MINNEAPOLIS —Joe Berger stepped back in at center on Sunday for the first time since 2015 and joked that it was like riding "maybe a rusty bike."
The Vikings defense, meanwhile?
It appears to be a well-oiled machine that has menaced opponents for most of the season and dominated for the past three games, including the 23-10 win against the Bears that locked down the No. 2 seed in the NFC Playoffs and the opportunity to host a Divisional round game.
More on the defense and playoffs in a bit, but first a little more on the position group that struggled the most for Minnesota in 2016 and was the subject of considerable overhaul in 2017.
With rookie Pat Elflein out with a shoulder injury and Nick Easton going on injured reserve this week because of a fractured ankle, the Vikings turned to Berger for the regular-season finale against Chicago.
"It felt good," Berger said. "I wouldn't say it's like riding a bike, maybe a rusty bike, but it went all right. Good guys around me."
Minnesota started Jeremiah Sirles at left guard, moved right tackle Mike Remmers from right tackle to right guard and started Rashod Hill at right tackle. Offseason signee Riley Reiff started for the 15th time at left tackle.
"Without looking at it [on film], I would say we did all right, but I think there's lots of room for improvements from all of us," Berger said. "I don't know if we'll be able to do that, because hopefully we'll be able to slide back to our positions, but I think there's room to improve for me. I didn't play center as well as I have in the past, but that's part of the deal, I guess."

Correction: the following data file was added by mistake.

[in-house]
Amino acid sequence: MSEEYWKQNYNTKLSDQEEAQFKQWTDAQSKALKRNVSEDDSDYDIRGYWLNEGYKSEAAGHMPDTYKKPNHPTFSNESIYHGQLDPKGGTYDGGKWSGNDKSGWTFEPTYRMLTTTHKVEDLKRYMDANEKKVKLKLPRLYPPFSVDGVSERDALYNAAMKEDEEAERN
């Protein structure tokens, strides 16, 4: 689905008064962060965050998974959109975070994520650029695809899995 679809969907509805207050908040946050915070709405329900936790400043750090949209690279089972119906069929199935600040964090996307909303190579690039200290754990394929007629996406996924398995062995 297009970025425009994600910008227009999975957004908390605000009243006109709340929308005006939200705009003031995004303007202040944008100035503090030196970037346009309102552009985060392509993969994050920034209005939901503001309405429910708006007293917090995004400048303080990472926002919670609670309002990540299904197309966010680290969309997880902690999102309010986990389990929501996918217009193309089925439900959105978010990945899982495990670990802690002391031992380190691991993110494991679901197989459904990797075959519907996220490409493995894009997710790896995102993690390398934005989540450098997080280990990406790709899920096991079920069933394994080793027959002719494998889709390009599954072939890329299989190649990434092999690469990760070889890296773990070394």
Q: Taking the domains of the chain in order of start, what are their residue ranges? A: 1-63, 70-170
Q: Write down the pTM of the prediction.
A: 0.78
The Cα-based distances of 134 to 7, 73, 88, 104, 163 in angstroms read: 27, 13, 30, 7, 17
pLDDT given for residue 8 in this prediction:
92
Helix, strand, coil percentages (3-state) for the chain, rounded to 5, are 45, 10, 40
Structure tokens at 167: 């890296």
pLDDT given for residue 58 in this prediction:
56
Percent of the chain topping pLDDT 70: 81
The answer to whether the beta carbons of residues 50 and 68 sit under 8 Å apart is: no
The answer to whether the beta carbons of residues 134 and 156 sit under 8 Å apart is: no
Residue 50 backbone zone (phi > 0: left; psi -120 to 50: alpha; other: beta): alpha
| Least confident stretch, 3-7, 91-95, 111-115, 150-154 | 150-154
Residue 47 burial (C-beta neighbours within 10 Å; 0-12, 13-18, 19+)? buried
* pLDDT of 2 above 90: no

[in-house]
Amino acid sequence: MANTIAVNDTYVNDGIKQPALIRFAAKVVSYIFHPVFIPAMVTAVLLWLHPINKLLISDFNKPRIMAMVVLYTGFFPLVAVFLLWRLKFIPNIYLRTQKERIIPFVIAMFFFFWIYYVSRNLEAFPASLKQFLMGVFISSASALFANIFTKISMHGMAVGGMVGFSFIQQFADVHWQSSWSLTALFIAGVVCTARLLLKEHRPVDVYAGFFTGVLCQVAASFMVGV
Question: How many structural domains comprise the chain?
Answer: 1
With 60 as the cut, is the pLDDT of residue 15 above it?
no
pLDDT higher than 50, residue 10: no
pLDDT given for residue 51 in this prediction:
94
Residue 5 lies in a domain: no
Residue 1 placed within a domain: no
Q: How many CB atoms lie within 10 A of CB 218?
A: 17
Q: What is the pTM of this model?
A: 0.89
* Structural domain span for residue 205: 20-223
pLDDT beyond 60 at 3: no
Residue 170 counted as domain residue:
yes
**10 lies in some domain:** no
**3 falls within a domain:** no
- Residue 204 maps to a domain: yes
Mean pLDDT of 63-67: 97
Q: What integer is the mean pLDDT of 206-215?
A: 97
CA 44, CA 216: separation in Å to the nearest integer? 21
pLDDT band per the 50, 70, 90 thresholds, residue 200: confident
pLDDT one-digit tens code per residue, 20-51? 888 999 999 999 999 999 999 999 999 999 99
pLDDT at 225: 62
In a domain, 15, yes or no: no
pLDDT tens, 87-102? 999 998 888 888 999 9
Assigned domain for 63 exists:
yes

Even with all the movement, the Vikings opened the game with a purpose, rushing six times for 29 yards and a 1-yard touchdown on their first possession.
The Vikings brought in tackle Aviante Collins to be a big tight end early and often, and Minnesota finished with 147 rushing yards on 36 carries.
Vikings Head Coach Mike Zimmer, who improved to 39-25 in four regular seasons, said the decision was in part made because tight end Kyle Rudolph "was a little banged up."
"We were a little thin at tight end and it was just another way to get another blocker in there — sometimes pass protection, sometimes run," Zimmer said. "Just kind of to ease the burden off of some of these other tight ends."
Latavius Murray toted the rock 20 times for 111 yards and found the end zone twice for his seventh and eighth rushing scores of the season.
Quarterback Case Keenum noted the Vikings also attempted passes with Collins in the game, so that Chicago couldn't sell out against the run when the rookie had to report as an eligible receiver.
Defense continues dominance
The Vikings closed the season defeating their final three opponents 73-17, and the defensive unit has allowed one touchdown on the past three opponents' 36 combined possessions.
Those 17 points occurred on a touchdown pass by the Bengals on a 23-yard drive, a 59-yard punt return by the Bears with help of some trickery and a 55-yard field goal by Chicago's Mike Nugent. Nestled in between the Bears and Bengals games was Minnesota's first shutout since 1993 and first ever at Green Bay.
Sunday's shutdown included a pair of impressive goal-line stands in the fourth quarter and limiting the Bears to 1-for-12 on third-down attempts, helping the Vikings set an NFL record for stinginess on third down. Minnesota finished the season allowing opponents to convert 51 of 202 third downs (25.2 percent), which is the lowest rate since 1991 when the NFL began tracking that stat.